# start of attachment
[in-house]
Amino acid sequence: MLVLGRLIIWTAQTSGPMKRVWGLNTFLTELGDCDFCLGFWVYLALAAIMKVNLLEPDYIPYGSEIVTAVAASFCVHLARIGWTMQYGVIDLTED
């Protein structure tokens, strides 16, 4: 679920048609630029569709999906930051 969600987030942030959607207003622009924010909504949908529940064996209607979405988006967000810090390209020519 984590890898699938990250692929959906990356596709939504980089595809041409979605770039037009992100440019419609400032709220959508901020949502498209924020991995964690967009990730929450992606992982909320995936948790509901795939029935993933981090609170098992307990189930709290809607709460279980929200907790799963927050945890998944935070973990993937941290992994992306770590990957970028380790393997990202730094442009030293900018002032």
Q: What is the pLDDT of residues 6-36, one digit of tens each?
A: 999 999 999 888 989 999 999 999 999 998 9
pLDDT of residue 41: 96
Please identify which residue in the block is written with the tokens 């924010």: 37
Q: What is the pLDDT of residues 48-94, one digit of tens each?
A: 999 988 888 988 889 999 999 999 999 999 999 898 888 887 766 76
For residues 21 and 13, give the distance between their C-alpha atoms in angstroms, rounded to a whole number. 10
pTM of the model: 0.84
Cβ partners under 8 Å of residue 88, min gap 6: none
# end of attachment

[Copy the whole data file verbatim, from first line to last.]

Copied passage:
[in-house]
Amino acid sequence: MLVLGRLIIWTAQTSGPMKRVWGLNTFLTELGDCDFCLGFWVYLALAAIMKVNLLEPDYIPYGSEIVTAVAASFCVHLARIGWTMQYGVIDLTED
């Protein structure tokens, strides 16, 4: 679920048609630029569709999906930051 969600987030942030959607207003622009924010909504949908529940064996209607979405988006967000810090390209020519 984590890898699938990250692929959906990356596709939504980089595809041409979605770039037009992100440019419609400032709220959508901020949502498209924020991995964690967009990730929450992606992982909320995936948790509901795939029935993933981090609170098992307990189930709290809607709460279980929200907790799963927050945890998944935070973990993937941290992994992306770590990957970028380790393997990202730094442009030293900018002032």
Q: What is the pLDDT of residues 6-36, one digit of tens each?
A: 999 999 999 888 989 999 999 999 999 998 9
pLDDT of residue 41: 96
Please identify which residue in the block is written with the tokens 């924010």: 37
Q: What is the pLDDT of residues 48-94, one digit of tens each?
A: 999 988 888 988 889 999 999 999 999 999 999 898 888 887 766 76
For residues 21 and 13, give the distance between their C-alpha atoms in angstroms, rounded to a whole number. 10
pTM of the model: 0.84
Cβ partners under 8 Å of residue 88, min gap 6: none